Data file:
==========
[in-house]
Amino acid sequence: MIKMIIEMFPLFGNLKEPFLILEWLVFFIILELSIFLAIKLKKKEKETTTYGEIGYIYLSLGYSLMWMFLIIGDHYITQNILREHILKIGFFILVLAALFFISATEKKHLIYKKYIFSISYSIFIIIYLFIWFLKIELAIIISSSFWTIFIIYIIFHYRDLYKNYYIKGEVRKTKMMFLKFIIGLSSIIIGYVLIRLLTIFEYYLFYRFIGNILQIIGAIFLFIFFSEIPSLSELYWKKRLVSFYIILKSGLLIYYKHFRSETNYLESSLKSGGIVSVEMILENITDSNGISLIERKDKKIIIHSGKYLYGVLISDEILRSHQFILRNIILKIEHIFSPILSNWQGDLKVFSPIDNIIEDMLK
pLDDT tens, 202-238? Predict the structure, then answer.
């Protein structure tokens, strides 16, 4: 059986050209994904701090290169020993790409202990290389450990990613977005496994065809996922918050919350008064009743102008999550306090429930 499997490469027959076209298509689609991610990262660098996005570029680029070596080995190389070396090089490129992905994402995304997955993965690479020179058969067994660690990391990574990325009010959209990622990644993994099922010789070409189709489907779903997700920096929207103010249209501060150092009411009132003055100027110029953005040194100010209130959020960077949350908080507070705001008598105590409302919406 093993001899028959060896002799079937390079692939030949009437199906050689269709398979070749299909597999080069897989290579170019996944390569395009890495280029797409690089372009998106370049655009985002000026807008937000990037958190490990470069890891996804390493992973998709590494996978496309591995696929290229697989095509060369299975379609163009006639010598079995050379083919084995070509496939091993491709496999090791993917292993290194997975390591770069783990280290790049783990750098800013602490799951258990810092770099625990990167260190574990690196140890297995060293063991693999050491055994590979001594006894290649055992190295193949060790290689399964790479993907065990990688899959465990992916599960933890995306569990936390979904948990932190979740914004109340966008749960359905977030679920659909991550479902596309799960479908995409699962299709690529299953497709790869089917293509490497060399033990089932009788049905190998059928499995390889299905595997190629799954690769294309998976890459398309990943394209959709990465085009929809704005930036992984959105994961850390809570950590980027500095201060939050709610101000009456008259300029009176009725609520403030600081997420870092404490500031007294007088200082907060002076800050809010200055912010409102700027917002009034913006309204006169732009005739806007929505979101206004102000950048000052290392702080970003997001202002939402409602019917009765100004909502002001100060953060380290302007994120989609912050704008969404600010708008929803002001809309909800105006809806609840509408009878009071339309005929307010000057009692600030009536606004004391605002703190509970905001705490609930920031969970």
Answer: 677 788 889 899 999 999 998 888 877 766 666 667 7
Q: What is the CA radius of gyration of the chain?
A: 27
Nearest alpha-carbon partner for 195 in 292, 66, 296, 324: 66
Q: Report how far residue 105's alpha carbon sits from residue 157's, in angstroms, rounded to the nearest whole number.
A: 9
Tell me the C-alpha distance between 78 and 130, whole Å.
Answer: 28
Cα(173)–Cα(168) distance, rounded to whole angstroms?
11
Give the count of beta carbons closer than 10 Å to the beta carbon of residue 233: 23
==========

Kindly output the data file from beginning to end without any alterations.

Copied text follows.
[in-house]
Amino acid sequence: MIKMIIEMFPLFGNLKEPFLILEWLVFFIILELSIFLAIKLKKKEKETTTYGEIGYIYLSLGYSLMWMFLIIGDHYITQNILREHILKIGFFILVLAALFFISATEKKHLIYKKYIFSISYSIFIIIYLFIWFLKIELAIIISSSFWTIFIIYIIFHYRDLYKNYYIKGEVRKTKMMFLKFIIGLSSIIIGYVLIRLLTIFEYYLFYRFIGNILQIIGAIFLFIFFSEIPSLSELYWKKRLVSFYIILKSGLLIYYKHFRSETNYLESSLKSGGIVSVEMILENITDSNGISLIERKDKKIIIHSGKYLYGVLISDEILRSHQFILRNIILKIEHIFSPILSNWQGDLKVFSPIDNIIEDMLK
pLDDT tens, 202-238? Predict the structure, then answer.
């Protein structure tokens, strides 16, 4: 059986050209994904701090290169020993790409202990290389450990990613977005496994065809996922918050919350008064009743102008999550306090429930 499997490469027959076209298509689609991610990262660098996005570029680029070596080995190389070396090089490129992905994402995304997955993965690479020179058969067994660690990391990574990325009010959209990622990644993994099922010789070409189709489907779903997700920096929207103010249209501060150092009411009132003055100027110029953005040194100010209130959020960077949350908080507070705001008598105590409302919406 093993001899028959060896002799079937390079692939030949009437199906050689269709398979070749299909597999080069897989290579170019996944390569395009890495280029797409690089372009998106370049655009985002000026807008937000990037958190490990470069890891996804390493992973998709590494996978496309591995696929290229697989095509060369299975379609163009006639010598079995050379083919084995070509496939091993491709496999090791993917292993290194997975390591770069783990280290790049783990750098800013602490799951258990810092770099625990990167260190574990690196140890297995060293063991693999050491055994590979001594006894290649055992190295193949060790290689399964790479993907065990990688899959465990992916599960933890995306569990936390979904948990932190979740914004109340966008749960359905977030679920659909991550479902596309799960479908995409699962299709690529299953497709790869089917293509490497060399033990089932009788049905190998059928499995390889299905595997190629799954690769294309998976890459398309990943394209959709990465085009929809704005930036992984959105994961850390809570950590980027500095201060939050709610101000009456008259300029009176009725609520403030600081997420870092404490500031007294007088200082907060002076800050809010200055912010409102700027917002009034913006309204006169732009005739806007929505979101206004102000950048000052290392702080970003997001202002939402409602019917009765100004909502002001100060953060380290302007994120989609912050704008969404600010708008929803002001809309909800105006809806609840509408009878009071339309005929307010000057009692600030009536606004004391605002703190509970905001705490609930920031969970």
Answer: 677 788 889 899 999 999 998 888 877 766 666 667 7
Q: What is the CA radius of gyration of the chain?
A: 27
Nearest alpha-carbon partner for 195 in 292, 66, 296, 324: 66
Q: Report how far residue 105's alpha carbon sits from residue 157's, in angstroms, rounded to the nearest whole number.
A: 9
Tell me the C-alpha distance between 78 and 130, whole Å.
Answer: 28
Cα(173)–Cα(168) distance, rounded to whole angstroms?
11
Give the count of beta carbons closer than 10 Å to the beta carbon of residue 233: 23